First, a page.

The FRONT PAGE of each opinion indicates the Supreme Court case number, the style of the case (petitioner and respondent identities), the name of the judge and the county circuit court the case originated in, the lower court case number, and the decision of the Supreme Court.
AFFIRMED means the decision of the lower court is upheld.
REVERSED means the decision of the lower court is overturned.
DIRECTIONS means the opinion contains directions to a lower court on how to proceed based on the decision in the opinion.
SUBMITTED is the date the case was argued in front of the Justices (or was ready for decision if there was no oral argument).
FILED is the date the opinion was released by the Supreme Court Clerk’s Office.
ATTORNEY NAMES: The petitioners’ attorneys are listed on the left and the respondents’ attorneys on the right, unless otherwise indicated. Anyone desiring to speak to the attorneys can look up their contact information on the Membership Directory Search section of the West Virginia State Bar website, www.wvbar.org.
"Justice XXX delivered the Opinion of the Court" means that Justice wrote the opinion. If no other Justice is listed, it is a unanimous, or 5-0, decision. Any Justice listed as concurring agrees with the majority decision. For example, if one Justice is listed as delivering the opinion of the Court and two others are listed as concurring, it is a 5-0 decision.
Any Justice listed as dissenting disagrees with the majority decision. If one Justice is listed as dissenting, it is a 4-1 decision. If two are listed as dissenting, it is a 3-2 decision. A Justice can both concur in part and dissent in part to a particular opinion. The correct way to report such a decision would be to say, "Justice XXX wrote the Opinion. Justice (or (Justices) YYY concurred in part and dissented in part." If three Justices are in the majority, one dissents and one dissents in part and concurs in part, the correct way to report that is to say, “Justice XXX wrote the opinion. Justice YYY dissented. Justice ZZZ concurred in part and dissented in part.”
SYLLABUS POINTS are required by the Constitution and are a summary of the opinion. They are listed in an opinion in the order in which they appear in the opinion, not in order of importance.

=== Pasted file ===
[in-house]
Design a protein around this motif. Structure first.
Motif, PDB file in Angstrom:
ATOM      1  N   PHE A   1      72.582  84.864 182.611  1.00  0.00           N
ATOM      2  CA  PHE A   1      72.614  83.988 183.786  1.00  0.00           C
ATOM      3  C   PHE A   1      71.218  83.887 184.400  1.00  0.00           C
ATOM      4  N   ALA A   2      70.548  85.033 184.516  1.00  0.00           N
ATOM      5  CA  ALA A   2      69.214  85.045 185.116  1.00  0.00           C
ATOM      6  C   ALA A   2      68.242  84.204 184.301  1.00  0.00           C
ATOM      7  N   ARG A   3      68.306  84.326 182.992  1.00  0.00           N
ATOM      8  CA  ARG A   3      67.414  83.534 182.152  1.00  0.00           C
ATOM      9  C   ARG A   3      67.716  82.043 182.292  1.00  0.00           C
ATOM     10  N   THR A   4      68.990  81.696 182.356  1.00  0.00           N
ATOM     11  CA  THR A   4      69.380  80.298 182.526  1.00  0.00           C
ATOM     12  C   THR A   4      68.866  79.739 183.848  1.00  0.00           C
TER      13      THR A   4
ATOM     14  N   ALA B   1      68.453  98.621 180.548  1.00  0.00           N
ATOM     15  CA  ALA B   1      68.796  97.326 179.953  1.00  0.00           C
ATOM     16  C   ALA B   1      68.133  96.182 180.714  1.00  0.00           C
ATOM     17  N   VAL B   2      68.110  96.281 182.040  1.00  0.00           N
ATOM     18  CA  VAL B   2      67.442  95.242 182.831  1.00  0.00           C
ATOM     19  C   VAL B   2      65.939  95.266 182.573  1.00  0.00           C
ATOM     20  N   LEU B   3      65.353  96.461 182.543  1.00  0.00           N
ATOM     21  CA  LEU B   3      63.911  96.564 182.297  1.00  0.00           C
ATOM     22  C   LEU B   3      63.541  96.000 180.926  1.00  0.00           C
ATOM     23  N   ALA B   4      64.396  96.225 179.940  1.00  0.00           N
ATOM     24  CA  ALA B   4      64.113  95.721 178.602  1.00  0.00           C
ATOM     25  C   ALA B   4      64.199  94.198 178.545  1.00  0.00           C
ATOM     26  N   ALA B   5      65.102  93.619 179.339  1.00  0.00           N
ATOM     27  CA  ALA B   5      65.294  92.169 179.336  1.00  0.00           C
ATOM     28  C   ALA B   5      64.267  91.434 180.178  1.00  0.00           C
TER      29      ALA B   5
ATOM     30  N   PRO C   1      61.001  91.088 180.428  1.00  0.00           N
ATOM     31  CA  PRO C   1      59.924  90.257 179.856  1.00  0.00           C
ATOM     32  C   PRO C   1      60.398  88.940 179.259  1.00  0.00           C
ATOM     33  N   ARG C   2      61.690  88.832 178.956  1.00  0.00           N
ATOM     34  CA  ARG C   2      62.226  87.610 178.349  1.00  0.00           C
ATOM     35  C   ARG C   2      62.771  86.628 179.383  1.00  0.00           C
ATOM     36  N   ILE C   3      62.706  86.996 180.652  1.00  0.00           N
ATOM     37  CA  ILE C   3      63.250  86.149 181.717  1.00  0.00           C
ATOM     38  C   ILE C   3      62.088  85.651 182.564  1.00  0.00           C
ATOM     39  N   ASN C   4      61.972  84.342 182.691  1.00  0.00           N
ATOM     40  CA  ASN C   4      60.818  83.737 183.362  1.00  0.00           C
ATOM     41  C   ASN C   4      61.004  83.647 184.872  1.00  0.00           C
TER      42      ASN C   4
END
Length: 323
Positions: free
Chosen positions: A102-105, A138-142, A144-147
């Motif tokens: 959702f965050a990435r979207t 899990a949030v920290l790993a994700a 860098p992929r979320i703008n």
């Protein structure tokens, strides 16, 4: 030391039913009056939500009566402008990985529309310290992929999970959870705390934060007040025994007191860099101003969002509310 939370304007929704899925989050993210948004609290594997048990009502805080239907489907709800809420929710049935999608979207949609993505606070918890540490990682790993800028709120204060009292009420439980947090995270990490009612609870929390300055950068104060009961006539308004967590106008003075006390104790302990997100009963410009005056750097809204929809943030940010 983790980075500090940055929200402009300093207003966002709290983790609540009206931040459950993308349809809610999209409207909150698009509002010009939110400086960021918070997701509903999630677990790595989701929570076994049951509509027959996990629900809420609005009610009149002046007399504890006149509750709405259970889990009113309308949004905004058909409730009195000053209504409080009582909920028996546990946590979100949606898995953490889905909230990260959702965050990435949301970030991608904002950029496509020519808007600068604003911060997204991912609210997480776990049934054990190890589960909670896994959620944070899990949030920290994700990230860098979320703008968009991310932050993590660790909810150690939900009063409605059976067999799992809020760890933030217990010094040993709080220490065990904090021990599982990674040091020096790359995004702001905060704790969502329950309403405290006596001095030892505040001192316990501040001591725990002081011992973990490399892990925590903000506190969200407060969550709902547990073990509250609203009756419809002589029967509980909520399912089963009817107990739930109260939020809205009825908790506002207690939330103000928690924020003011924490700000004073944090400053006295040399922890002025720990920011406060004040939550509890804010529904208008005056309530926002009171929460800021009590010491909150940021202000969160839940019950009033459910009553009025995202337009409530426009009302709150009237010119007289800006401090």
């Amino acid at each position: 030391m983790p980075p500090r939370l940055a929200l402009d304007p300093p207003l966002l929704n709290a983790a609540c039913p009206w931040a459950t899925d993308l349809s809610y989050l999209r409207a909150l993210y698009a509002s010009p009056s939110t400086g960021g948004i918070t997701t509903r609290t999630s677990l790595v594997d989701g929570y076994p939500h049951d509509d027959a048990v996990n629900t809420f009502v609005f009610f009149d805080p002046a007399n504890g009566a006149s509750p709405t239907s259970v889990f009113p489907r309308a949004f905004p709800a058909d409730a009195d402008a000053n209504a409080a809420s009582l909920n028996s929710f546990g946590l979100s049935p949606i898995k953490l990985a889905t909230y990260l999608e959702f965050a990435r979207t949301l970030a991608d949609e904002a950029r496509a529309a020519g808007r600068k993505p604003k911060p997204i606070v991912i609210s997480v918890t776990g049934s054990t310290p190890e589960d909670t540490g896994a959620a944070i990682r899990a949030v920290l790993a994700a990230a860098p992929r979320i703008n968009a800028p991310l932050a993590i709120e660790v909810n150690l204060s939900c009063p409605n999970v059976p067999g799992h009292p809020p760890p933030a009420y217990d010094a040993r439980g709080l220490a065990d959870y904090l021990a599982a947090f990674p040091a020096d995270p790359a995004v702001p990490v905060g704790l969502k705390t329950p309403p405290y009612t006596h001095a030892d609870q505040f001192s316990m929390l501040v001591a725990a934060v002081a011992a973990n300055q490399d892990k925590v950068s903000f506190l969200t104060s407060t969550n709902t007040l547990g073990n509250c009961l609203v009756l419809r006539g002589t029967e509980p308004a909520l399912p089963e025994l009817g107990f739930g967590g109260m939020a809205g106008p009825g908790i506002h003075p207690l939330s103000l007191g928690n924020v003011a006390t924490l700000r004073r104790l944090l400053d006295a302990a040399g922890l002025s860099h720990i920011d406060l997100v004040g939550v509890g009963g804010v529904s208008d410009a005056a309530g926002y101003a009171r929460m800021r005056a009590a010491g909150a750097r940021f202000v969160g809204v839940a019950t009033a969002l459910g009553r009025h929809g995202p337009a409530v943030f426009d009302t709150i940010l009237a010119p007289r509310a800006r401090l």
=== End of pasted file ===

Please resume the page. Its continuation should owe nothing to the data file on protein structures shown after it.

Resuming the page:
Signed opinions containing original syllabus points have the highest precedential value because the Court uses original syllabus points to announce new points of law or to change established patterns of practice by the Court. Original syllabus points have no reference to syllabus points in previous opinions at the end.
Signed opinions that do not contain original syllabus points also carry significant, instructive, precedential weight because such opinions apply settled principles of law in different factual and procedural scenarios than those addressed in original syllabus point cases. These syllabus points are distinguishable because they reference to syllabus points in previous opinions at the end.
Signed opinions, both those including new syllabus points and those not containing new syllabus points, are published opinions of the Court. As such, they should be the primary sources relied upon in the development of the common law.
LAYOUT OF OPINIONS: There is a brief summary of the case and the Court’s decision, a section on the factual and procedural background, a section on the Standard of Review (the type of legal review the Supreme Court will apply to the case), a point-by-point discussion of the arguments on appeal, and a brief conclusion.